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Choosing the better part

· The Pope's Mass at Santa Marta ·

The following is a synthesis of the homily Pope Francis delivered this morning during the Holy Mass he celebrated at the Chapel of Santa Marta.

This morning Pope Francis drew upon the liturgical Readings of the day taken from the book of Jonah (3:1-10) and the Gospel of St Luke (10:38-42). He highlighted  the evangelist's account of  Jesus' visit to the home of Martha and Mary, and proposed Mary as a model for prayer.

“The word of the Lord is clear,” the Pope said. “Mary chose the better part: prayer and the contemplation of Jesus. Yet it seemed to her sister that she was wasting time,” since Mary placed herself at the Lord's feet and gazed upon him as a child caught up in wonder, “rather than working as she did”. And yet, as the Pontiff explained, Mary's attitude was the right one because she “listened to the Lord and prayed with her heart”. This, he said, is what the Lord wishes to tell us: “the first task in life is to pray, not to pray with many words … but to pray with the heart”. This, he said, is the kind of prayer that enables us “to gaze upon the Lord, to listen to the Lord, to petition the Lord – and we know that prayer can work miracles”.

This is also illustrated in the episode recounted from the book of Jonah, whom Francis called “stubborn” because “he did not want to do what the Lord asked of him”. The Pope pointed out that it was only after the Lord saved Jonah from the belly of a whale that he decided: “Lord, I will do whatever you say, and he went through the streets of Nineveh”announcing the message of the Lord, that the city would be destroyed by God unless its inhabitants repented and changed their lives for the better. Pope Francis continued: “Jonah was a 'professional' prophet and he said: 'yet forty days, and Nineveh shall be overthrown'. He said it in a serious manner and with strength. And the Ninevites were scared, and they began to pray with words, with their hearts, with their bodies. Prayer can work miracles”.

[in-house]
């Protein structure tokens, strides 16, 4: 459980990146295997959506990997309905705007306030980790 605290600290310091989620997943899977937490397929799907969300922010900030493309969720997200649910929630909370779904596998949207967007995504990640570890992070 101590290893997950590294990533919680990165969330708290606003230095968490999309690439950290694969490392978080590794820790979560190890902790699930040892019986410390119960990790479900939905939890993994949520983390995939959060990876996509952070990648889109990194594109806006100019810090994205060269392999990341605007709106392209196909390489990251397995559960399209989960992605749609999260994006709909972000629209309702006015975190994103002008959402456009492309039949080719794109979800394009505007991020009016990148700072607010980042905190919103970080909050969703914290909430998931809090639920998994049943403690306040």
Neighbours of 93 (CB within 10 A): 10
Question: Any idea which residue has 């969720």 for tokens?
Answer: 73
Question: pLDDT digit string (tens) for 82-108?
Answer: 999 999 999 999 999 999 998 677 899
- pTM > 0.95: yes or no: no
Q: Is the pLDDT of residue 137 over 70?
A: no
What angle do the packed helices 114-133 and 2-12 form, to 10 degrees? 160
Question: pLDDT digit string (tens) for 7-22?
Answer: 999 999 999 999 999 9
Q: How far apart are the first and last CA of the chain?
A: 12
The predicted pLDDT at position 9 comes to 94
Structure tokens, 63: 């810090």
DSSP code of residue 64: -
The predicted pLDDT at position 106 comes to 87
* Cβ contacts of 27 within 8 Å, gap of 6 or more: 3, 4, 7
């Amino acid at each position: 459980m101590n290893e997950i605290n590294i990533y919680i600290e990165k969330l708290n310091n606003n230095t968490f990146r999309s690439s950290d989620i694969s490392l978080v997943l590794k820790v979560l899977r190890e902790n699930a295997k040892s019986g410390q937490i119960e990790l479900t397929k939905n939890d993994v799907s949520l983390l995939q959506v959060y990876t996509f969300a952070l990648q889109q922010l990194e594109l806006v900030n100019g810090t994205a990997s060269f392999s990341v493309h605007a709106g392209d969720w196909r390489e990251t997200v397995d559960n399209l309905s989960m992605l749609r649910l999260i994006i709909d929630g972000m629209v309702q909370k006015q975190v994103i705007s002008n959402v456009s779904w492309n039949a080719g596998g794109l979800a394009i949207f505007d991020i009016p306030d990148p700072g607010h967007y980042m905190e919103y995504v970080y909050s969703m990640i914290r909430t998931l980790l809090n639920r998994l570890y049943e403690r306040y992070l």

The Pope then explained that also in this account “we see what Jesus said to Martha: Mary has chosen the better part. Prayer works miracles when we are faced with problems”. However, there also those  Pope called “pessimists” who say “nothing can change, this is how life is” and he added, “it makes me think of a sad song from my homeland that goes: 'Let it be. Down in the oven we will all meet again'”.

Of course, he said, this is “quite a pessimistic” vision of life, that leads us to wonder: “Why pray? Let it be, that's just the way life is! Let's go forward. Let's do what we can”. This was Martha's attitude, the Pontiff said. “She did many things, but she didn't pray”. He continued: then there are those like the“hard-headed Jonah”. They are the “avengers”. Jonah “went about prophesying, but in his heart he said: if they deserve it, if they deserve it … he prophesied but he didn't pray, he didn't ask the Lord to forgive them, he only sought to cudgel them”. These people, the Holy Father emphasized, “believe that they are just”. But in the end they are only egoists. When God saved the people of Nineveh, Pope Francis explained, “Jonah was angry with the Lord, and said to him, 'You are always like this. You are always forgiving'”. Then he added, “and when we don't pray, we close the door to the Lord” so that “he can do nothing”. But “praying when we are faced with a problem, a difficult situation or a calamity is opening the to the Lord, so that he might enter”. And, the Pope  added,  he knows “how to put things back in order”.

Pope Francis concluded by exhorting us to think of Mary, the sister of Martha, who “chose the better part and shows us the way to open the door to the Lord”.




St. Peter’s Square

Jan. 18, 2020